False: The higher mortality rates in Israel in 2021 and 2022 are due to vaccines.

By: Arron Williams
September 2 2022

Share Article: facebook logo twitter logo linkedin logo
False: The higher mortality rates in Israel in 2021 and 2022 are due to vaccines.


The Verdict False

Israeli death rates are higher in 2021 and 2022 than 2020, but there is no evidence to suggest this increase has been caused by vaccines.

Claim ID 7d89eef2


A tweet by Dr. Eli David on Twitter has gained over 11 thousand retweets and 24 thousand likes. The tweet shows a table from a spreadsheet and claims that it represents statistics from Israel's official total mortality report, specifically a table showing the monthly deaths for 2017 - 2022. The tweet claims that the death rate in 2020, when there were no Covid vaccines, was lower than in 2021 and 2022, when vaccines were available. The tweet indirectly questions the cause of death and implies that vaccines may be responsible due to the increased death rates after Covid vaccines became available.

In fact

The table in the tweet is accurate regarding the number of deaths reported in Israel; however, the exact table was unable to be sourced beyond the tweet. The source of the table's data was found in the comments on the Twitter thread, where David mentioned that it came from the Israeli Central Bureau of Statistics, with other users stating it was from the report table "Deaths of Israeli residents, by day of death and district, 2000 - 2022." The table here is visually different to the one in the tweet, but the data does amount to similar data to David's tweet.

The data shown in the tweet is accurate, but with some variability. The total number of deaths differs from current data and was compared to other news reports earlier in the year. Between all reports, the monthly numbers varied but were similar in accuracy. This variation is likely the result of updates to the table supplied by the Central Bureau of Statistics, as new information on reported mortalities becomes available. Therefore, the table shown in the tweet is accurate: the number of deaths in Israel has increased in 2021 and 2022 when compared to 2020. However, the table only reports the number of deaths and does not distinguish or reference the cause of death. While this creates ambiguity as to why the death rate has increased, the idea that it is because of vaccines is unsubstantiated.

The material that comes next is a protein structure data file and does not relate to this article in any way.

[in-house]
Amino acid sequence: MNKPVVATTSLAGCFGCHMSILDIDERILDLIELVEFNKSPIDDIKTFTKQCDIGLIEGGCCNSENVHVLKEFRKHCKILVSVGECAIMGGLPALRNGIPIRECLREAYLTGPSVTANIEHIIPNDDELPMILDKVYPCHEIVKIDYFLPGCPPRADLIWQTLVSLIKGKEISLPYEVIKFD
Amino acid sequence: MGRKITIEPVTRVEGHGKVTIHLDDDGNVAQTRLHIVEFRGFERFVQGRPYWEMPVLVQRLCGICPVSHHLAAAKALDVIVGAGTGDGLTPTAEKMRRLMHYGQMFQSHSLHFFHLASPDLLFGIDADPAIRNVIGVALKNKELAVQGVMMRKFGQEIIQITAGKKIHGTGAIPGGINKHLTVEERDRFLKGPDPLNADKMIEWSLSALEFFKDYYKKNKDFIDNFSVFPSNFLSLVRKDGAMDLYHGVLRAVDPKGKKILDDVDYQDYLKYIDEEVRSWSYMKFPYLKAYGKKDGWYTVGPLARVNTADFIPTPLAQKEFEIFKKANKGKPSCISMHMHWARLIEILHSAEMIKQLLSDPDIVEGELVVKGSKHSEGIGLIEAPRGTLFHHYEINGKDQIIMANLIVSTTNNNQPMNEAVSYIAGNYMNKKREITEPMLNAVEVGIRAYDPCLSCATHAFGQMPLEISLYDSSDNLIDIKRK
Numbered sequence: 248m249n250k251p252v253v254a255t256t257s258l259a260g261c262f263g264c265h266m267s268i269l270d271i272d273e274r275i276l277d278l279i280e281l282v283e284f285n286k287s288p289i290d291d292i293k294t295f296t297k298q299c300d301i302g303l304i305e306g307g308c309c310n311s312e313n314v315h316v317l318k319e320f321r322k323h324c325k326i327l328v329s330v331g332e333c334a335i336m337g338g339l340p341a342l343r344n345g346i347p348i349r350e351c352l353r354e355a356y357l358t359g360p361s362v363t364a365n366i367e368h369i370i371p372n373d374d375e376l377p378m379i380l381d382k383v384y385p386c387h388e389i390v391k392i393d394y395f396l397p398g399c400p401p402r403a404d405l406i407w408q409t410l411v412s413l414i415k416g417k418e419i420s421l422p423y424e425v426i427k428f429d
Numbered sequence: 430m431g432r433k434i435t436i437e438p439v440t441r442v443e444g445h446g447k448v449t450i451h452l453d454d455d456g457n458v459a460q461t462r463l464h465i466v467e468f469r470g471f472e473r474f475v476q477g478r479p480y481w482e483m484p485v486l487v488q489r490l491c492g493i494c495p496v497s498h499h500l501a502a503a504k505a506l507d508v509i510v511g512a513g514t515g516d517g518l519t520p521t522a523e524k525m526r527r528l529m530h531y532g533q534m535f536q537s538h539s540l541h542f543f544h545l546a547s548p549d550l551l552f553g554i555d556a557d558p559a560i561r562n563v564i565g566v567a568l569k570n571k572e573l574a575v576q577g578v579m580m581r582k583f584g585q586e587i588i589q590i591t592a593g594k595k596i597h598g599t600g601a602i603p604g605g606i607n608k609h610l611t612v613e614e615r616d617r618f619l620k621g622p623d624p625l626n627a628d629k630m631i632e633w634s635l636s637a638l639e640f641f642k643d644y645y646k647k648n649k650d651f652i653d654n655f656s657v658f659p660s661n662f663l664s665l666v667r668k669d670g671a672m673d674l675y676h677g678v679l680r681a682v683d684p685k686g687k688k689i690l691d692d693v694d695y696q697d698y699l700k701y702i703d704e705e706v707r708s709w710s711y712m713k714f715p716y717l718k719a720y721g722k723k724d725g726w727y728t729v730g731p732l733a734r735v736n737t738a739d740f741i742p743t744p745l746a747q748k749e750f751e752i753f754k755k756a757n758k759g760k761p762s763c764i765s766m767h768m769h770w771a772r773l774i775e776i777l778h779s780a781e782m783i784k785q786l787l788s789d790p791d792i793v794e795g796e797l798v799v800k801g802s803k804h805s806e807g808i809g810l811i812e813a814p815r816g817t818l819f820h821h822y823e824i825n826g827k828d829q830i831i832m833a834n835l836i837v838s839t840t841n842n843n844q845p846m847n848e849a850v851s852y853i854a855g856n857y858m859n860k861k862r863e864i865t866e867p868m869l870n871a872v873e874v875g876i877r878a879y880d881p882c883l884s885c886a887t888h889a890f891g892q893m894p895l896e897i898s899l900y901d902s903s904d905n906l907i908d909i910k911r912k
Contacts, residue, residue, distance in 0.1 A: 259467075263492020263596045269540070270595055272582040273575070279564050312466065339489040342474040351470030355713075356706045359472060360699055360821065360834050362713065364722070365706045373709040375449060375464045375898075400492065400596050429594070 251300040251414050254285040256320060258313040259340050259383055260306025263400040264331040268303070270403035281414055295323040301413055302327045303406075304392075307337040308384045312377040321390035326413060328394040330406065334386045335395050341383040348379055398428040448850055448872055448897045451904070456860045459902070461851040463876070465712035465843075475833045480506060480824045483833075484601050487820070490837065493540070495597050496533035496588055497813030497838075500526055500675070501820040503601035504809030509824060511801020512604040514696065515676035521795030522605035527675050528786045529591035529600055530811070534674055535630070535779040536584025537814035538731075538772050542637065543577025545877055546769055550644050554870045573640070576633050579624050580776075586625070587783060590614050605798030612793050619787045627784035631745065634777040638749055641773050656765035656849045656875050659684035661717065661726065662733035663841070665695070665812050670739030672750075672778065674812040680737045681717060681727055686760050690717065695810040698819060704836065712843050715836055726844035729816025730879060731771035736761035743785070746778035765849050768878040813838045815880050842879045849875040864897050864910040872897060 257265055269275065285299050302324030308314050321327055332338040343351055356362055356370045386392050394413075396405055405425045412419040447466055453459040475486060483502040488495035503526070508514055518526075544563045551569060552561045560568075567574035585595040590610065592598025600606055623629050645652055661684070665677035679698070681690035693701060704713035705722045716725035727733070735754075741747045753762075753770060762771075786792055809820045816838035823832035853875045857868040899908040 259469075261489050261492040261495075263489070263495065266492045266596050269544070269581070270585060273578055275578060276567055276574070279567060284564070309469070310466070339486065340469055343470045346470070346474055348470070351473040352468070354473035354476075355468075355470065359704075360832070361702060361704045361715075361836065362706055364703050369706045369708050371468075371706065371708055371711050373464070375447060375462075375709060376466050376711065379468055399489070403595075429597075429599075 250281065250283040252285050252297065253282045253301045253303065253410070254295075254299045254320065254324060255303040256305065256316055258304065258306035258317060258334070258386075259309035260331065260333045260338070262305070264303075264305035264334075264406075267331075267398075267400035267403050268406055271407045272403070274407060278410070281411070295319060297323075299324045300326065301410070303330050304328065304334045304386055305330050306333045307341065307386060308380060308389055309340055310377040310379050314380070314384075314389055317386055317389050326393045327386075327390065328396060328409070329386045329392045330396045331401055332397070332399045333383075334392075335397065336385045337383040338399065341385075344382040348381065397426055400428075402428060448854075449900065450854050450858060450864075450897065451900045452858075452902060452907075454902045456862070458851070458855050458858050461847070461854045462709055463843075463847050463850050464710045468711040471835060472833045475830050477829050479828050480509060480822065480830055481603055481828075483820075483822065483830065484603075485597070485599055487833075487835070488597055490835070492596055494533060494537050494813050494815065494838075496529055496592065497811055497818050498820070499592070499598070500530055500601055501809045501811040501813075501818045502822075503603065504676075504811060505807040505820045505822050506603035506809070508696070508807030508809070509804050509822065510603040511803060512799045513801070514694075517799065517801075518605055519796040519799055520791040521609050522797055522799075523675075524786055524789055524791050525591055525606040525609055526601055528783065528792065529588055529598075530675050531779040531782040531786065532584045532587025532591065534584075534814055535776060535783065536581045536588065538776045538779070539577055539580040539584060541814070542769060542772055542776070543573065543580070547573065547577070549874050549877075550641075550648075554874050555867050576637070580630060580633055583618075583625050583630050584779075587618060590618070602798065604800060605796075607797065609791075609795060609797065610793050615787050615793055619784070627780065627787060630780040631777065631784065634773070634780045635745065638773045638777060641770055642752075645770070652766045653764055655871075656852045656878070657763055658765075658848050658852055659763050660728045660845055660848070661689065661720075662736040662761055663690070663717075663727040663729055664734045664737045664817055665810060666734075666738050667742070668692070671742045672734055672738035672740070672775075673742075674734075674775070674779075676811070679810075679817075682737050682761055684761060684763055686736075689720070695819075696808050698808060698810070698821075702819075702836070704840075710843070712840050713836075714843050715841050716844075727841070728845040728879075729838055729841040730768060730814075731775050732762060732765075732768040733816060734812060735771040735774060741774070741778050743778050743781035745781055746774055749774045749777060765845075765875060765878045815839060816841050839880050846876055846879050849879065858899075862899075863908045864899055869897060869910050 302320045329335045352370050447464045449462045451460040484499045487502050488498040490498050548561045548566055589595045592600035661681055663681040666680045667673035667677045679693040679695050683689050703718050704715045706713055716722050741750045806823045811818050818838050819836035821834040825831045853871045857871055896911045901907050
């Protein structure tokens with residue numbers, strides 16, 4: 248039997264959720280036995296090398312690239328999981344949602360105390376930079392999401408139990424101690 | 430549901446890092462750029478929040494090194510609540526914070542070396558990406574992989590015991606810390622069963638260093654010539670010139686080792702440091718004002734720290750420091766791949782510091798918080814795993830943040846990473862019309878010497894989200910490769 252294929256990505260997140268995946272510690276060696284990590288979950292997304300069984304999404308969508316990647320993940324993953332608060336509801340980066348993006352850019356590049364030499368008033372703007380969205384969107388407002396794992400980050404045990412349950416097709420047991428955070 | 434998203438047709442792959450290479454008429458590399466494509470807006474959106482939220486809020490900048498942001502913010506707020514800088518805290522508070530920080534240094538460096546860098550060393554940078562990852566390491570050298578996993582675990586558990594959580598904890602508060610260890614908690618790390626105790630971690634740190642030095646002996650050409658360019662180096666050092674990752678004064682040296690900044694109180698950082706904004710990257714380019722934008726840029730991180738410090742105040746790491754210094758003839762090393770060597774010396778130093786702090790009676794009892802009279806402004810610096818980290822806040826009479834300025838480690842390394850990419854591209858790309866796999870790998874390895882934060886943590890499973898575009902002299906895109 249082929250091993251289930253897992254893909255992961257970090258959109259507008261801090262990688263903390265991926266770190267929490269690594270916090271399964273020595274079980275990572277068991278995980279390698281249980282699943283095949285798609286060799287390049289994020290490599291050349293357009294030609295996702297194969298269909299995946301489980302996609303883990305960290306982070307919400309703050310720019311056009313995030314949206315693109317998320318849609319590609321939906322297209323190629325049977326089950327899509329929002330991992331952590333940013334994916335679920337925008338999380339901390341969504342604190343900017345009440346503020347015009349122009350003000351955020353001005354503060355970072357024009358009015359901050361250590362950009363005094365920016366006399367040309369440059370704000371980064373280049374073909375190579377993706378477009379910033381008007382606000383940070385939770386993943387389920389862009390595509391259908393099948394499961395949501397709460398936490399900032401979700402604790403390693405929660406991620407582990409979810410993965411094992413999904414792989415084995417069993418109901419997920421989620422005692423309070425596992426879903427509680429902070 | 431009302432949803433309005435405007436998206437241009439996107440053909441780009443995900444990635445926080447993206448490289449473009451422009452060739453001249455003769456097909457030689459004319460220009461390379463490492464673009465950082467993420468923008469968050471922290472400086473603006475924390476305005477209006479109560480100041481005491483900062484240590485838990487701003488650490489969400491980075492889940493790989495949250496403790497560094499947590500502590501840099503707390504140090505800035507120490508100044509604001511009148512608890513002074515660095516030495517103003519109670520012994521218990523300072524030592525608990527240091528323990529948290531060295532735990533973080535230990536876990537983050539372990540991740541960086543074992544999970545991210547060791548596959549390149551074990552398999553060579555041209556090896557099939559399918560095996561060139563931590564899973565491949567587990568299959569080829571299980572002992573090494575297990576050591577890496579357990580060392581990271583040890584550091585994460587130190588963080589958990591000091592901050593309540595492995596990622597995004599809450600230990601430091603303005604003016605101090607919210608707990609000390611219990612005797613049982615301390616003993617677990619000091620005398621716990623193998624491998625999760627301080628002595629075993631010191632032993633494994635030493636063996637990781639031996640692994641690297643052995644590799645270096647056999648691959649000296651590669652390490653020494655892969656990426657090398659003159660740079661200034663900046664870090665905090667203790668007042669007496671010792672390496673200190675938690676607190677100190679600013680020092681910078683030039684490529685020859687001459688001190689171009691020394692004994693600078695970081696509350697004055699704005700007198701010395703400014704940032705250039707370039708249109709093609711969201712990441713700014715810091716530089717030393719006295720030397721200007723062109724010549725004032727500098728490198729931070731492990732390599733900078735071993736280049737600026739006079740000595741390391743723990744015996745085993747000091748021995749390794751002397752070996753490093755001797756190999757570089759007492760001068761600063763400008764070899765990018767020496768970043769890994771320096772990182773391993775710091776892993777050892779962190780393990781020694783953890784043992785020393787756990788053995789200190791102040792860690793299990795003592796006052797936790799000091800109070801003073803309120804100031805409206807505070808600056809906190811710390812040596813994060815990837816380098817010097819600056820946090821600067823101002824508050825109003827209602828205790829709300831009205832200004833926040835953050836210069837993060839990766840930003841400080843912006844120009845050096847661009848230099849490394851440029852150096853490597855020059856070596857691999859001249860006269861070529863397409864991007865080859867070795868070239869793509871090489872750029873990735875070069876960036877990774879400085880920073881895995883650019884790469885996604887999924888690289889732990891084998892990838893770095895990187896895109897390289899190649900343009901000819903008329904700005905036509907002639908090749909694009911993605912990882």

The belief that vaccines are harmful and deadly to humans has circulated online for years; however, since the COVID-19 pandemic, anti-vax beliefs have increased. The claim that the increased mortality rate in Israel was due to vaccinations was labeled false by a 2021 fact check from CORRECTIV. The fact check examines Israeli reports and statistics, determining that there is no correlation or evidence that the increase in deaths is due to the vaccine itself; rather, the mortality rate increase coincides with the increase in coronavirus cases. Another fact check checked similar claims and concluded they were false. Therefore, there is no evidence the increase in mortality in Israel is tied to vaccinations.

Similarly, a fact check by Logically determined that the claim Covid vaccines are dangerous to humans was false. Logically has also debunked a variety of other claims around COVID-19 vaccines. Therefore, there is no substantial evidence that vaccines are harmful or deadly. The increase in mortality rates is not related to vaccination due to the well-reported safety of vaccines.

The verdict

The number of deaths in Israel has increased in 2021 and 2022 compared to 2020. However, there is no evidence that this increase correlates with vaccines; in fact, it correlates with an increase in coronavirus cases. Previous fact checks from Logically and other credible fact-checking organizations show that vaccines are not deadly to humans and rarely cause severe side effects. Therefore, we have marked this claim as false.

Would you like to submit a claim to fact-check or contact our editorial team?

Global Fact-Checks Completed

We rely on information to make meaningful decisions that affect our lives, but the nature of the internet means that misinformation reaches more people faster than ever before